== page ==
Addiction and depression are, unfortunately, commonly intertwined. One may often lead to the other, and while the relationship between the two may seem straightforward at first, there are several unexpected and interlinking factors. To understand why the two are common, it’s important to understand what depression is, what addiction is, and how one relates to the other.
What Is a Depression?
Depression is characterized by a period of a consistently low mood and melancholy. If a person is sad or down every day for at least two weeks, they may be diagnosed with a depressive issue. This does not make someone ‘crazy’, and it does not necessarily mean their depression is caused by hereditary problems or neurobiology.
A long depressive period following the loss of a loved one is known as complex or complicated grief, and is an issue tackled separately from depression. Depression usually comes out of nowhere, and periods or episodes of sadness often do not have to be ‘triggered’ to occur.
Ethnic minorities, adults between the ages of 45 and 64, women, members of the LGBTQ community and people who are chronically unemployed and/or unable to afford medical insurance are more likely to be depressed, and share some of the highest risk of depression, according to current data. The truth is that only a fraction of people who are diagnosed with a depression go on to get the help they need, and among them only a percentage ever finish a treatment course – and there are many more who may be struggling with a depressive episode or a set of depressive symptoms without ever speaking out about these issues. As such, depression is likely more common than a lot of data may suggest.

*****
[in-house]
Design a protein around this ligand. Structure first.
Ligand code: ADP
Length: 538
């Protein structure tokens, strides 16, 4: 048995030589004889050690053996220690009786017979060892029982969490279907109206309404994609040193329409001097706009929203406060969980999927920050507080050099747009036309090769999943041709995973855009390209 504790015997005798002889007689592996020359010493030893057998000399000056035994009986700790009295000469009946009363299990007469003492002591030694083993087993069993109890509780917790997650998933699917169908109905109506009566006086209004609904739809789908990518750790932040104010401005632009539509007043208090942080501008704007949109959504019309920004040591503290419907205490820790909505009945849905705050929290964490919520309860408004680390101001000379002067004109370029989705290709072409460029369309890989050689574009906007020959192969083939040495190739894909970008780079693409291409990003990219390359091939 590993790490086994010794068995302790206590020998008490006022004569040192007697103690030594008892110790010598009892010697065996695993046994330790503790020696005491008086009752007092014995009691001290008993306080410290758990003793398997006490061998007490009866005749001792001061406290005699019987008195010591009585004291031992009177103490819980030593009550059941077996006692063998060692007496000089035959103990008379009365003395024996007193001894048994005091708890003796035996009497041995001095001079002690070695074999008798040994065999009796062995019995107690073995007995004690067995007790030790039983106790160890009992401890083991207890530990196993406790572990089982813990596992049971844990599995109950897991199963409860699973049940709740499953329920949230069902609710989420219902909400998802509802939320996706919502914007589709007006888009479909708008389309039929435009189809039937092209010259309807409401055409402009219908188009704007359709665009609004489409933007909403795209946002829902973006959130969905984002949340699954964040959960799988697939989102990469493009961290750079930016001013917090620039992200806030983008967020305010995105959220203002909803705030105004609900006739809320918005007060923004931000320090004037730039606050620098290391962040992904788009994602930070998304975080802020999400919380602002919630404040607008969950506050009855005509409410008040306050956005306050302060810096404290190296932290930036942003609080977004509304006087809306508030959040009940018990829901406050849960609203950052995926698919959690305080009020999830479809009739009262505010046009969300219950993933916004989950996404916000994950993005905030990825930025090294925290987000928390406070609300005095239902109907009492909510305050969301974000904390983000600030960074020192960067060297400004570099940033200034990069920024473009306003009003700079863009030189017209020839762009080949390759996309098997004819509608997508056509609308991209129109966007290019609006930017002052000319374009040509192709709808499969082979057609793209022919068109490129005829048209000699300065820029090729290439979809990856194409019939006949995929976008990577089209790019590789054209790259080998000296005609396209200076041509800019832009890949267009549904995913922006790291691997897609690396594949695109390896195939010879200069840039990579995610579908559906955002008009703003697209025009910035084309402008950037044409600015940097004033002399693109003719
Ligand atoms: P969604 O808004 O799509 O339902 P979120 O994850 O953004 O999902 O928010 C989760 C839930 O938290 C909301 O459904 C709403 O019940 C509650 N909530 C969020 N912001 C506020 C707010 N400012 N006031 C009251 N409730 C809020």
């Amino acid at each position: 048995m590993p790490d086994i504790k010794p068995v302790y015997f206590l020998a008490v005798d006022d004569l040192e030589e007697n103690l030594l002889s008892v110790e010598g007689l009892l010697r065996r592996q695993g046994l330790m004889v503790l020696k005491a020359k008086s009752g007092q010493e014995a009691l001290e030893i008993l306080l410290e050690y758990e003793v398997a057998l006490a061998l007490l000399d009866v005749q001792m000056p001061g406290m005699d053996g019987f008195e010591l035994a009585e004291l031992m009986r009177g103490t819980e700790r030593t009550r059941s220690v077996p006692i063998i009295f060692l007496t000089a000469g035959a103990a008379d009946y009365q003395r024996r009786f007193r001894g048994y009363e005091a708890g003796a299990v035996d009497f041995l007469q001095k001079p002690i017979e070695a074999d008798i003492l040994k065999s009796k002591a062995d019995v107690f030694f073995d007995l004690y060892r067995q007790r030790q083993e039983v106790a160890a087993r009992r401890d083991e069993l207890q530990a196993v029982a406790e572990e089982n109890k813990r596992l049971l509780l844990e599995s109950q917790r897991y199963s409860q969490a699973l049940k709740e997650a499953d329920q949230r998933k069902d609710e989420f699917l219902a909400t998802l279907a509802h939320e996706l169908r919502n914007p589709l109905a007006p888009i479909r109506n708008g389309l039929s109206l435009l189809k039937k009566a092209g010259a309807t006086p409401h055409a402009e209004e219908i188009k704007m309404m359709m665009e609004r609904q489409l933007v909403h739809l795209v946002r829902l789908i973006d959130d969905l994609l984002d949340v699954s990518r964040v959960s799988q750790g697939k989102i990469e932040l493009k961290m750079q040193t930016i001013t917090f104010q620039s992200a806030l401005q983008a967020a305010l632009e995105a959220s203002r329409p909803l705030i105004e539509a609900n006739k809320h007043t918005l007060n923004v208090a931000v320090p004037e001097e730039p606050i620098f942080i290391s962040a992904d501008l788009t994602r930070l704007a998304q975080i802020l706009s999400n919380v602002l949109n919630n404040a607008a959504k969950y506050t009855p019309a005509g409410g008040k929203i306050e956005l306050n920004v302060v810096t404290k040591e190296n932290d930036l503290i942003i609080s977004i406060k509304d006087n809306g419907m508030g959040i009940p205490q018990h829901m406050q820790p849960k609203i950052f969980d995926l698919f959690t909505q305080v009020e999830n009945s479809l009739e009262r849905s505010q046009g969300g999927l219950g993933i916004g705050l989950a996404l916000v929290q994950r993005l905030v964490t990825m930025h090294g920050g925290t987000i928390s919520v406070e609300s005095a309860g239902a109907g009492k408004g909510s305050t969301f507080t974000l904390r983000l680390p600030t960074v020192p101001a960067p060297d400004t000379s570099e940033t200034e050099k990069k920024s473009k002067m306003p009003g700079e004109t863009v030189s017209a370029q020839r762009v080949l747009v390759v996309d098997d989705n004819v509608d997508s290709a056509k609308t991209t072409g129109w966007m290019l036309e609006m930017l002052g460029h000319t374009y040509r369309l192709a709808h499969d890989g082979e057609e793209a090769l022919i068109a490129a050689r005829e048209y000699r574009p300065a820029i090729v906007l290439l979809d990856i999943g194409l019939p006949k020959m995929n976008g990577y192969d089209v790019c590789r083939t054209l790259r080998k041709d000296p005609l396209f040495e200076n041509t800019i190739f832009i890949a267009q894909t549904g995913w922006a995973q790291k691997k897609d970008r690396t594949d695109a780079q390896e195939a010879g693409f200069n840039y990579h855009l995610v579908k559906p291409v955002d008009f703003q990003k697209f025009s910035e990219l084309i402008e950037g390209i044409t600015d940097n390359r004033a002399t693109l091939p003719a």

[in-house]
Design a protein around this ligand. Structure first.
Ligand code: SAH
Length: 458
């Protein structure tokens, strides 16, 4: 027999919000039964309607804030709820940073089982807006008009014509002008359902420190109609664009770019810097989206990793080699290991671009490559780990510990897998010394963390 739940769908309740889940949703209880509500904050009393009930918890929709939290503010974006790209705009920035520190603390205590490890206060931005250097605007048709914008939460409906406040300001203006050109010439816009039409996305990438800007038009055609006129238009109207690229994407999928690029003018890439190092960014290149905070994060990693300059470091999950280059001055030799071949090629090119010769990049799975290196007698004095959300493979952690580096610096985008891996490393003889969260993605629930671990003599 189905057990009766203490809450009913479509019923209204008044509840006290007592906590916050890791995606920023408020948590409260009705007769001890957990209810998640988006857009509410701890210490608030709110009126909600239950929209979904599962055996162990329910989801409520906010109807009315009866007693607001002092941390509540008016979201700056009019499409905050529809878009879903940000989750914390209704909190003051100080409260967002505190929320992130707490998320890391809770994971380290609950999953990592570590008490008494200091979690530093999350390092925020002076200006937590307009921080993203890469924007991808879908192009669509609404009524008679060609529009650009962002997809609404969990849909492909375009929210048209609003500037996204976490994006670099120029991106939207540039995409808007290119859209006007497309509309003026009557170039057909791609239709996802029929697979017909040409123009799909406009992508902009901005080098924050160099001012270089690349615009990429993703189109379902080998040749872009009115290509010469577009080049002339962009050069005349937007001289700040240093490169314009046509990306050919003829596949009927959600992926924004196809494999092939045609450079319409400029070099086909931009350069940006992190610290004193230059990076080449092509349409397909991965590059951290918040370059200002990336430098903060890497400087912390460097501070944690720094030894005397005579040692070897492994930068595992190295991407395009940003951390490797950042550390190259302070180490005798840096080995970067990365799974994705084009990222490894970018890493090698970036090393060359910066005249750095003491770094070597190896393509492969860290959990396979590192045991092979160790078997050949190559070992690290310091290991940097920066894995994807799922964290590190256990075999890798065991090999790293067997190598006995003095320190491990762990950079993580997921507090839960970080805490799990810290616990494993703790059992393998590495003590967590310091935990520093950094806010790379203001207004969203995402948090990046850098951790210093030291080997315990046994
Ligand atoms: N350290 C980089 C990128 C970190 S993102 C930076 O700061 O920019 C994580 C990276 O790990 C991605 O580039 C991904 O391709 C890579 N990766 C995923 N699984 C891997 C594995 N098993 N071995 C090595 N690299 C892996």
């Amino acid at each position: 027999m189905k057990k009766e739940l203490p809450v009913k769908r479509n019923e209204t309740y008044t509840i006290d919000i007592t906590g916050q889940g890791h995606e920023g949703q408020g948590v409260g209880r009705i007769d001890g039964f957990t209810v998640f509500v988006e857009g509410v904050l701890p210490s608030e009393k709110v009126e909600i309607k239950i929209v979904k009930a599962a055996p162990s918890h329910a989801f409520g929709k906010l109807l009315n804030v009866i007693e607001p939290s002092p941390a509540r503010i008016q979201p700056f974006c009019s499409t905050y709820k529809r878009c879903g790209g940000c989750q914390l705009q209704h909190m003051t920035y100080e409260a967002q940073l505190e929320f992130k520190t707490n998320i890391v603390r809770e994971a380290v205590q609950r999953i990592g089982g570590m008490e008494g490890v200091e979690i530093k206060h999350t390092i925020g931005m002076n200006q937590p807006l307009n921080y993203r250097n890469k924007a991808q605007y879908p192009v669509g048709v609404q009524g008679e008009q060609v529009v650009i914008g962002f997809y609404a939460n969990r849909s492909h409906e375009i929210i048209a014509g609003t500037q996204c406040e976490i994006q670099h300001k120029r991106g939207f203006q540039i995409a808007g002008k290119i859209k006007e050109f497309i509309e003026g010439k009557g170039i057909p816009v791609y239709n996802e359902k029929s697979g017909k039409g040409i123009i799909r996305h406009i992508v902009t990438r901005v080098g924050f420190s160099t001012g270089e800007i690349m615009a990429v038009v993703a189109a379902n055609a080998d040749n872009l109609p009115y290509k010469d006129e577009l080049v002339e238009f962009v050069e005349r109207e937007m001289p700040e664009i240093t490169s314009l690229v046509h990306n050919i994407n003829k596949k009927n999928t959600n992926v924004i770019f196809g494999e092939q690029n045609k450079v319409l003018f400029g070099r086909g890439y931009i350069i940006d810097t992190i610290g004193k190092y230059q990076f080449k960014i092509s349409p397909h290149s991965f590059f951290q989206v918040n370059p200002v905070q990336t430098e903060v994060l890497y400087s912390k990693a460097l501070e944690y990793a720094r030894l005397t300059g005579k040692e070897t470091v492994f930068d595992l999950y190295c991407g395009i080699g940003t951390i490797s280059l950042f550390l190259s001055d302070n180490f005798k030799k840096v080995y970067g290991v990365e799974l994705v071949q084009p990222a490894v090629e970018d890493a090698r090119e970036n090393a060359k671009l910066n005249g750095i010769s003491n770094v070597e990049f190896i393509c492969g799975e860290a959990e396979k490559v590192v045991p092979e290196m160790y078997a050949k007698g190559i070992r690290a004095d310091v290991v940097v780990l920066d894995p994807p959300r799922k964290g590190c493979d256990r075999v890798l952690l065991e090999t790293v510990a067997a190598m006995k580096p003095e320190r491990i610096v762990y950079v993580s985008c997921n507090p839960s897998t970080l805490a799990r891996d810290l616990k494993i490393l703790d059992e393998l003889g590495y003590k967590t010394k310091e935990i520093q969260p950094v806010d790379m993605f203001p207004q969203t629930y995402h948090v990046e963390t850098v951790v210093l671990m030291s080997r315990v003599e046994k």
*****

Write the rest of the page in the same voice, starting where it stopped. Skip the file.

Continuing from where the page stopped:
What Is an Addiction?
While an addiction can colloquially mean several different things, the American Psychiatric Association refers to addiction as a complex brain disease characterized by compulsive drug use despite certain harmful consequences. While using drugs is not a form of addiction, using them excessively without the ability to stop, and continuing to use them even after you’ve tried to stop, is addiction.
An addiction may be physical, in the sense that the person is unable to stop due to the onset of strong cravings and physical symptoms of withdrawal, but it can also manifest emotionally, in the sense that the primary reason drug use is continued is because the person is relying on drugs as a way to cope with external and internal stressors, including abuse, feelings of anxiety, poverty, and more.
One Then the Other
There are different reasons why an addict may find themselves struggling with depression, and different reasons why someone with depression may turn to drugs. Drug use, especially drugs that are easier to access and generally cheaper than others such as alcohol, are a highly effective way to cope with feelings of depression and anxiety in the short term because these drugs offer a powerful jolt of positive emotions and chemically-induced happiness.
However, they also cause a crash afterwards, and generally lead to higher levels of anxiety and depression, further fueling a destructive and vicious cycle of drug use as a way to stave off unapproachable pain and negativity.